’- Why are you always arguing about things?’
It’s August, and my girlfriend and I are always either in the beach or in the pool. We’re spending the month here before we are definitely establishing in Barcelona, and my mind wanders all the time, mostly about why things are the way they are.
’- That’s the way my brain is wired. I enjoy arguing about things, with someone or on my own.’
There is a lot of excitement lately about how to be productive, about what makes those 10x developers be in a whole different level from the rest. And instead of giving my two cents on how do I stay productive, maybe it’s a good thing if I step back and ask myself ‘What are the things that I’m most productive about?’. And the things that I’m most productive usually have to do with answering questions in my head, and making hypothesis about the world I live in, the people I interact with, and overall how my surroundings are the way they are.
This isn’t an essay about being productive. This is an essay on enjoying the things I do.
I’m lucky. My dad has always been a great story teller. He amuses himself reading the Romans, the Greeks, the stories from the Middle Ages, the kings and queens and the wars and the conquerors. He also finds exciting ways to transmit that knowledge to myself and to my brother. And it usually starts with something we are looking to, or a place we are, and the first sentence is almost always a question such as “do you know why…?” or something like that.
My grandmother is also like that. She’s got the sharpest tool in the shed, despite the fact that she was banned from going to university by her mother “because she was the eldest of 5, and if she went to college, her siblings would have to go too.” So she settled for something else, but she is clever. And she tells stories all the time. About her, about her surroundings, about the life in the countryside, about settling into the big city. She always knows, that’s her thing. She glues herself to the telly when the Spanish version of Jeopardy is on, and she follows along, and she is correct very often. Because she knows.
On the other hand, my grandfather is the one that travels. He used to sell wood stock across mainland Europe, and he was always on the road. Even when I was born, he was still travelling to Germany from time to time. Then he came with stories about going here and there. A couple of weeks ago, we were travelling to France by car, and he was on the phone, pretty much describing what we were about to see, the names of the cities that appeared on the sides of the road, with extreme accuracy. He enjoyed those trips, and the people who heard those stories enjoyed them too.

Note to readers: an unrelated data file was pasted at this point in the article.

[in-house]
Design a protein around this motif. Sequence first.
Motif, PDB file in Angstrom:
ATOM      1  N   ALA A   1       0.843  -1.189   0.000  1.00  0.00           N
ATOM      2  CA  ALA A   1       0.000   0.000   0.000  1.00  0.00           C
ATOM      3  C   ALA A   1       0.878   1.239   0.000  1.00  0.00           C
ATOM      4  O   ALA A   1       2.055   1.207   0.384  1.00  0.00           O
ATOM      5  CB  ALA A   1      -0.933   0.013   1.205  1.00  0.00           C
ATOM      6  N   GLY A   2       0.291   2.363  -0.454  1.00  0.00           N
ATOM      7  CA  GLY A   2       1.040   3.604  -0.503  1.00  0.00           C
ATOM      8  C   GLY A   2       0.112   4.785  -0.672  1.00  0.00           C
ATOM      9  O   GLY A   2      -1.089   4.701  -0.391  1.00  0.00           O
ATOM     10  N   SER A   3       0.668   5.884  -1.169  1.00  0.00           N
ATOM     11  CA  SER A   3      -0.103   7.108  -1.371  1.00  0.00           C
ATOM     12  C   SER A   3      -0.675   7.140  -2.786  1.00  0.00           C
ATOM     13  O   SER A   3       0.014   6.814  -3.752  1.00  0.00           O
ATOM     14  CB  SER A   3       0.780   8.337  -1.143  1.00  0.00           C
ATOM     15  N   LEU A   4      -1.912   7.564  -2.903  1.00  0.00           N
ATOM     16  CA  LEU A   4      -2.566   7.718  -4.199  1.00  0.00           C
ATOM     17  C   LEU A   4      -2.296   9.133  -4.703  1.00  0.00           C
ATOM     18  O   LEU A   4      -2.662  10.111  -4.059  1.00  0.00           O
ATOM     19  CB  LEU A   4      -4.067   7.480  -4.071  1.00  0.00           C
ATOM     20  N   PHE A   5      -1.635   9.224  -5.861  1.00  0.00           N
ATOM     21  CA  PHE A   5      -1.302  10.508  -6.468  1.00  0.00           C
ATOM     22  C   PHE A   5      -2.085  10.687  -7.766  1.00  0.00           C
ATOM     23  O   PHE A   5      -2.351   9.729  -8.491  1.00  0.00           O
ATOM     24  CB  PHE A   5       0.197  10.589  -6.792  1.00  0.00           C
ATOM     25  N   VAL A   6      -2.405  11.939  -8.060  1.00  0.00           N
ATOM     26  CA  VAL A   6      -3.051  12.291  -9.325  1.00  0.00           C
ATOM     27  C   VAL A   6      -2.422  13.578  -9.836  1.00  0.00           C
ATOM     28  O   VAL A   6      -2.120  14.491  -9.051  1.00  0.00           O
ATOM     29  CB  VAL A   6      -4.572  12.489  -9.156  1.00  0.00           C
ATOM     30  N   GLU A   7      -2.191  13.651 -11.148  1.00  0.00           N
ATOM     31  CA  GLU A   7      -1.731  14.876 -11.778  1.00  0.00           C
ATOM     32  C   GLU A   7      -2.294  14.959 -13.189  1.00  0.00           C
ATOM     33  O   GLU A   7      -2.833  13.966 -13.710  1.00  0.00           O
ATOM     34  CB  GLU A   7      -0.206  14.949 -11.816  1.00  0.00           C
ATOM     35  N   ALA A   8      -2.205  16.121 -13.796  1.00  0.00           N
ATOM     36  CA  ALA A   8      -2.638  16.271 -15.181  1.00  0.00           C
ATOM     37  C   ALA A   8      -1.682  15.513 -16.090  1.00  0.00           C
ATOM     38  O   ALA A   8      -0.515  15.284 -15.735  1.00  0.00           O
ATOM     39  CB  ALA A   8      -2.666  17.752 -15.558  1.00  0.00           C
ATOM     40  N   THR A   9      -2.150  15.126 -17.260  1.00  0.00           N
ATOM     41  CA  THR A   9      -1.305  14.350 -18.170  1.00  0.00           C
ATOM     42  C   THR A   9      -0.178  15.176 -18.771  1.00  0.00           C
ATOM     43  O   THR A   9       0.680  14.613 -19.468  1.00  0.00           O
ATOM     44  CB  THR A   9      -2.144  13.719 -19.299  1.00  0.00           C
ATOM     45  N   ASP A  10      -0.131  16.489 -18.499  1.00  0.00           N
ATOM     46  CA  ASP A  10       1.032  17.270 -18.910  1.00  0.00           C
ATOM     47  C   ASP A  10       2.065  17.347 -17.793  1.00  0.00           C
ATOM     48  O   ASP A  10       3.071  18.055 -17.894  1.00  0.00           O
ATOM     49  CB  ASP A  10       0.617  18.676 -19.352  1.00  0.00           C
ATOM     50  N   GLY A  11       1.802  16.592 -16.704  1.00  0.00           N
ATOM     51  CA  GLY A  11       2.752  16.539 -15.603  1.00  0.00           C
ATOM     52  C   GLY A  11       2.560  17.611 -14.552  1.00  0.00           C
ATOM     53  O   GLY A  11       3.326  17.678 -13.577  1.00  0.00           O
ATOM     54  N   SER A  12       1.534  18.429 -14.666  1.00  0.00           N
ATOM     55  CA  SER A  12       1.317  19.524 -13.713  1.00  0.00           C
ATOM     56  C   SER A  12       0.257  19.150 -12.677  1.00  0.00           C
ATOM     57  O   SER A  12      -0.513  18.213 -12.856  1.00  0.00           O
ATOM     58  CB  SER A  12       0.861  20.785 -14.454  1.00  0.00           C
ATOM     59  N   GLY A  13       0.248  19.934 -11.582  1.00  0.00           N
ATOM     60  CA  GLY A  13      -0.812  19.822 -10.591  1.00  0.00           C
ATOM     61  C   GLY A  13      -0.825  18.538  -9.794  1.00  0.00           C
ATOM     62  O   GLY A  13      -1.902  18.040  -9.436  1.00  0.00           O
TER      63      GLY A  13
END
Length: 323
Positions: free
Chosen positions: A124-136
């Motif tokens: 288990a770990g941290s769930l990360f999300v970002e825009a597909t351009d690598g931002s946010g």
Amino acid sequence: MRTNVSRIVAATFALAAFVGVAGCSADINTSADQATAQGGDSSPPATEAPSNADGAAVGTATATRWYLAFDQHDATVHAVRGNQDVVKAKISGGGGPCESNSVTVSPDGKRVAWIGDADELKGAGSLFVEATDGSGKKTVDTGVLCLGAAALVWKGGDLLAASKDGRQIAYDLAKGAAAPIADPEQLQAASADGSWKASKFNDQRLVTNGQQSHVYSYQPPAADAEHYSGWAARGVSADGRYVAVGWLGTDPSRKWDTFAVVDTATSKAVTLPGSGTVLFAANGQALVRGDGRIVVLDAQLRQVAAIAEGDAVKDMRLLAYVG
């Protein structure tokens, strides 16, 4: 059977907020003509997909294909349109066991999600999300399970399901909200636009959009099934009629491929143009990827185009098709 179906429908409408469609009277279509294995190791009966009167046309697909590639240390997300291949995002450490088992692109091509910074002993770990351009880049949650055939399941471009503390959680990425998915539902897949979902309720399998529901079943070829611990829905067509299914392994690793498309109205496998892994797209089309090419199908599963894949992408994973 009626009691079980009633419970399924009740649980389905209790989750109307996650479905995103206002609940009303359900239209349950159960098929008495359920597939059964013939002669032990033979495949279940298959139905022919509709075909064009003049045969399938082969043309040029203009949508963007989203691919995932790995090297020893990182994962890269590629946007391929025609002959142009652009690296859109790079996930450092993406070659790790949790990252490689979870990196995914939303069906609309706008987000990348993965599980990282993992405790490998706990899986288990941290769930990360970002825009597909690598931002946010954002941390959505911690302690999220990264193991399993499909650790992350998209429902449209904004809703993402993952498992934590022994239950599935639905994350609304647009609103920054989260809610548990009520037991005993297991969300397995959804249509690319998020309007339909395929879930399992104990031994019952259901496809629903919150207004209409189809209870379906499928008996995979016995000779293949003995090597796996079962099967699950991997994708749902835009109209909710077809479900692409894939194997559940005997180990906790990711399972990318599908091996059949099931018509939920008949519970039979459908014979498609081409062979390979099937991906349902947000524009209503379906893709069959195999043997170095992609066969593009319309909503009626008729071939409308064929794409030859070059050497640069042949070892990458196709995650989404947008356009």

I don’t entirely rely on genetics to explain what I am. And I don’t thing genetics plays any part in me being any traveller or story teller. I just was grown in an environment that celebrated travelling and stories. I was incentivised to go somewhere, and then tell what happen. And even if I wasn’t going anywhere, I was raised to look around and describe what I see. And describe why it was the way it was. That is science to me.
In Flow, Mihaly Csikszentmihalyi explores the idea that science can only happen in big institutions. “After all”, he says, “we have been told many times that in [the 20th century] science has become a highly institutionalized activity, with the main action confined to the big leagues”. However, Csikszentmihalyi points out that breakthroughs in science are creative ideas that, although favoured by sophisticated equipment, still come to people sitting lost in thought, daydreaming.
It is often under such unassuming circumstances, with people dedicated to playing with ideas, that breakthroughs in the way we think occur. Mihaly Csikszentmihalyi
It’s worth pointing out that, for centuries, great scientists did their work as a hobby, because their own fascination with Nature and the rules that govern our world, rather than because they had jobs to do. Copernicus’ work certainly didn’t help his career as a canon at the cathedral in Frauenburg, Galileo was trained in medicine, and Isaac Newton was, if anything, obsessed with religion, and formulated his major discoveries after the university was closed for two years because of the plague, in the boredom of a country retreat. It’s well known that Einstein wrote his most influential papers in 1905 while working as a clerk in a patent office in Switzerland.
Is is true that a person without a PhD no longer has any chance of contributing to the advancement of science? Paul Graham said that if you are trying to choose between two theories and one gives you an excuse for being lazy, the other one is probably true. Science is science, but thanks to basic human snobbery, we tend to think it will emerge from some places but not others.